Not your basic breaded chicken

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When fall rolls around, I tend to haul out my cookbooks and start looking for recipes I haven’t tried. The colder weather makes me crave savory soups and roasted meats, and I’m always looking for new ways to keep it interesting. I pulled out my copy of “Foolproof” by the Barefoot Contessa. I was shocked to realize that, although it was a gift I’d received last Christmas, I had yet to try any of the recipes.

Since it was a Tuesday after work, I wanted to keep it simple and use things I had on hand. Despite living pretty close to a grocery story, once I’m in my apartment and out of the rain, I’m reluctant to go outside again. I settled on this recipe for Crispy Mustard-Roasted Chicken.

It’s a pretty basic breaded chicken recipe, but the dijon mustard takes the flavor to the next level, so you really don’t need anything else to jazz it up. It was a perfect dinner for a weeknight and one I’ll definitely turn to again.

Ingredients
4 cloves garlic
1 tablespoon minced fresh thyme leaves
Kosher salt and freshly ground black pepper
2 cups panko (Japanese bread flakes)
1 tablespoon grated lemon zest (2 lemons)
2 tablespoons good olive oil
2 tablespoons unsalted butter, melted
1/2 cup Dijon mustard, such as Grey Poupon
1/2 cup dry white wine
1 (3 1/2- to 4-pound) chicken, cut in eighths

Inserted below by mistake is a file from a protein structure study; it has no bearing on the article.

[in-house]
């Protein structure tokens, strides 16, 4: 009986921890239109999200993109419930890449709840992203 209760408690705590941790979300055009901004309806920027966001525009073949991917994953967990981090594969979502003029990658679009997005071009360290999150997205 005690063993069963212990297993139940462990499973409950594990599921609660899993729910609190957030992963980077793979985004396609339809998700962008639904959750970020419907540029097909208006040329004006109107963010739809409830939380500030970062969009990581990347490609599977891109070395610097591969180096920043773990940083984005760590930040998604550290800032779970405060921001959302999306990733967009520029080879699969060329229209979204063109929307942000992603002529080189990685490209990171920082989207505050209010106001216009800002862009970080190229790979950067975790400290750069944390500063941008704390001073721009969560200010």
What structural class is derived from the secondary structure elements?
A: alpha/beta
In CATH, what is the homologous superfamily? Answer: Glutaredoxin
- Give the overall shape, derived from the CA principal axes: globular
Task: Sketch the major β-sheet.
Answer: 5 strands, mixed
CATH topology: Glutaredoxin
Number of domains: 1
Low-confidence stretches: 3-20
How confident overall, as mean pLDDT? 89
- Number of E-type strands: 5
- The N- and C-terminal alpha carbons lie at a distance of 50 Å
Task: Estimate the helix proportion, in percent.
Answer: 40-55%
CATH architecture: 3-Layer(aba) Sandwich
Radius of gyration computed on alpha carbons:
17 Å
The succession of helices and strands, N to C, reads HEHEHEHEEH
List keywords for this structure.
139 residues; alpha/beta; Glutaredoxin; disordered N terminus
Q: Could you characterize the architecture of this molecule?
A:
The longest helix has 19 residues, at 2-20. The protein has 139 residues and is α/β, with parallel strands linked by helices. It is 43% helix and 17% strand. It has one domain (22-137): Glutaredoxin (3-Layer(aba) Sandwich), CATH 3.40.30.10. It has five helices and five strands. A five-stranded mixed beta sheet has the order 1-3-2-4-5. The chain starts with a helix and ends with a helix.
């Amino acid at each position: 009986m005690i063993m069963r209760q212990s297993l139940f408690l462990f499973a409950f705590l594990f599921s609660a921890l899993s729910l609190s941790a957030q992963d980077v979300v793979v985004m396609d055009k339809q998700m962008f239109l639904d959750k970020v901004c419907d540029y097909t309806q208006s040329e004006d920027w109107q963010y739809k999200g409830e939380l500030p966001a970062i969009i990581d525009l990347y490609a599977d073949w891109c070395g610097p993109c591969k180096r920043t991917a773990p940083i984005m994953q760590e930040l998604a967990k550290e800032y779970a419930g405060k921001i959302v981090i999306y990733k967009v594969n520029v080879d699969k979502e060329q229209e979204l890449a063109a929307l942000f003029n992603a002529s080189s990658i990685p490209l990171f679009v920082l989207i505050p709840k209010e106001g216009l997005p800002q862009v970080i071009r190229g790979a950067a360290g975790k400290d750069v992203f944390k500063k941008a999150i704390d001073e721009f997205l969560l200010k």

Preheat the oven to 350 degrees F.

Place the garlic, thyme, 2 teaspoons salt, and 1 teaspoon pepper in a food processor fitted with the steel blade and process until the garlic is finely minced. Add the panko, lemon zest, olive oil, and butter and pulse a few times to moisten the bread flakes. Pour the mixture onto a large plate. In a shallow bowl, whisk together the mustard and wine.

Pat the chicken dry with paper towels. Sprinkle generously all over with salt and pepper. Dip each piece in the mustard mixture to coat on all sides, and then place skin-side down only into the crumb mixture, pressing gently to make the crumbs adhere. Place the chicken on a sheet pan crumb-side up. Press the remaining crumbs on the chicken pieces.

Bake the chicken for 40 minutes. Raise the heat to 400 degrees F and bake for another 10 minutes, until the crumbs are browned and the chicken is cooked through. Serve hot, warm, or at room temperature.

A one-dish meal fit for a dad

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My dad does not have fancy taste. While some dads might have white-collar jobs and commute in SUVs, mine wears a uniform and commutes on a motorcycle. Some dads might like to dine at a fancy restaurant, but mine prefers to eat his meals out of a bowl after a long day at work.

I recently purchased some bay scallops from the store. While the usual idea of just searing them and having them with a side of cous cous crossed my mind, I wanted to do something more interesting. I looked around for ideas online and came across The Barefoot Contessa’s recipe for bay scallop gratin. I had all but one ingredient — the absinthe — on hand, so I did without it. I scaled down the original recipe so it only made two servings, since I only had a half-pound of scallops.

My favorite thing about the gratin is that it was easy to assemble and put in the oven after work. During the cooking process, the butter and wine came together to form a sort of seafood broth that added a ton of flavor to the scallops. The panko added a slightly crunchy topping that was a nice contrast to the texture of everything below it. A slice of bread was a nice addition that helped soak up the remaining broth.